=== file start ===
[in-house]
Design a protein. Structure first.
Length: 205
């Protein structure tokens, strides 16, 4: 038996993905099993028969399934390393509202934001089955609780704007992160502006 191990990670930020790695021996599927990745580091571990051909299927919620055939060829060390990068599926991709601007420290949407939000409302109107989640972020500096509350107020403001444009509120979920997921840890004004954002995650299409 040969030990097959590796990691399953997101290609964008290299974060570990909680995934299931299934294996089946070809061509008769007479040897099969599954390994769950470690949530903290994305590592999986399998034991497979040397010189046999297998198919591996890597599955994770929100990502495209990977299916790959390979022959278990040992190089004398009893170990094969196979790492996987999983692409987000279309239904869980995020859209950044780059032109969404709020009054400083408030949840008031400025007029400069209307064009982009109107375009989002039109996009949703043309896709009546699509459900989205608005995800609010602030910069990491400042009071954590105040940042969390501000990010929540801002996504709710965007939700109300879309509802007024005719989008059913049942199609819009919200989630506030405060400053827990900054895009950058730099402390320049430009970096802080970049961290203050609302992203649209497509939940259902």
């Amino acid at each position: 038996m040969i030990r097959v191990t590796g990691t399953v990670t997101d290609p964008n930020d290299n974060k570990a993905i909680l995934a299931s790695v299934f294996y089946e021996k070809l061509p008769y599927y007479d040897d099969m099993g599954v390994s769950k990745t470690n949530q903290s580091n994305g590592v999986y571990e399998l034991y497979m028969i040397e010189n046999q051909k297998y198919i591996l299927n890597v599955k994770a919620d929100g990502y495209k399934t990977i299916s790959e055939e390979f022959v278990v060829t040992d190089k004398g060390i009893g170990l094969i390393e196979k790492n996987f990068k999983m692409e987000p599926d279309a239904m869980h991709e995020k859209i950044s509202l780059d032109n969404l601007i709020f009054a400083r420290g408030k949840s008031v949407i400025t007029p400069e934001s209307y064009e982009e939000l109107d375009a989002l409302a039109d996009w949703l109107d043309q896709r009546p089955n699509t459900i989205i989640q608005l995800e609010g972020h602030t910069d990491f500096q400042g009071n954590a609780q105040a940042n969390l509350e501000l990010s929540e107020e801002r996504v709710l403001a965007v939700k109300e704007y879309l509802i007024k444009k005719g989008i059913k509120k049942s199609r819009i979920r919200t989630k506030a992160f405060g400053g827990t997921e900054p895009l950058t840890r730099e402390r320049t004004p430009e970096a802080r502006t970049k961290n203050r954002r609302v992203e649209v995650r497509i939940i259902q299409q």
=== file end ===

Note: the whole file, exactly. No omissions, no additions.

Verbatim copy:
[in-house]
Design a protein. Structure first.
Length: 205
């Protein structure tokens, strides 16, 4: 038996993905099993028969399934390393509202934001089955609780704007992160502006 191990990670930020790695021996599927990745580091571990051909299927919620055939060829060390990068599926991709601007420290949407939000409302109107989640972020500096509350107020403001444009509120979920997921840890004004954002995650299409 040969030990097959590796990691399953997101290609964008290299974060570990909680995934299931299934294996089946070809061509008769007479040897099969599954390994769950470690949530903290994305590592999986399998034991497979040397010189046999297998198919591996890597599955994770929100990502495209990977299916790959390979022959278990040992190089004398009893170990094969196979790492996987999983692409987000279309239904869980995020859209950044780059032109969404709020009054400083408030949840008031400025007029400069209307064009982009109107375009989002039109996009949703043309896709009546699509459900989205608005995800609010602030910069990491400042009071954590105040940042969390501000990010929540801002996504709710965007939700109300879309509802007024005719989008059913049942199609819009919200989630506030405060400053827990900054895009950058730099402390320049430009970096802080970049961290203050609302992203649209497509939940259902």
């Amino acid at each position: 038996m040969i030990r097959v191990t590796g990691t399953v990670t997101d290609p964008n930020d290299n974060k570990a993905i909680l995934a299931s790695v299934f294996y089946e021996k070809l061509p008769y599927y007479d040897d099969m099993g599954v390994s769950k990745t470690n949530q903290s580091n994305g590592v999986y571990e399998l034991y497979m028969i040397e010189n046999q051909k297998y198919i591996l299927n890597v599955k994770a919620d929100g990502y495209k399934t990977i299916s790959e055939e390979f022959v278990v060829t040992d190089k004398g060390i009893g170990l094969i390393e196979k790492n996987f990068k999983m692409e987000p599926d279309a239904m869980h991709e995020k859209i950044s509202l780059d032109n969404l601007i709020f009054a400083r420290g408030k949840s008031v949407i400025t007029p400069e934001s209307y064009e982009e939000l109107d375009a989002l409302a039109d996009w949703l109107d043309q896709r009546p089955n699509t459900i989205i989640q608005l995800e609010g972020h602030t910069d990491f500096q400042g009071n954590a609780q105040a940042n969390l509350e501000l990010s929540e107020e801002r996504v709710l403001a965007v939700k109300e704007y879309l509802i007024k444009k005719g989008i059913k509120k049942s199609r819009i979920r919200t989630k506030a992160f405060g400053g827990t997921e900054p895009l950058t840890r730099e402390r320049t004004p430009e970096a802080r502006t970049k961290n203050r954002r609302v992203e649209v995650r497509i939940i259902q299409q």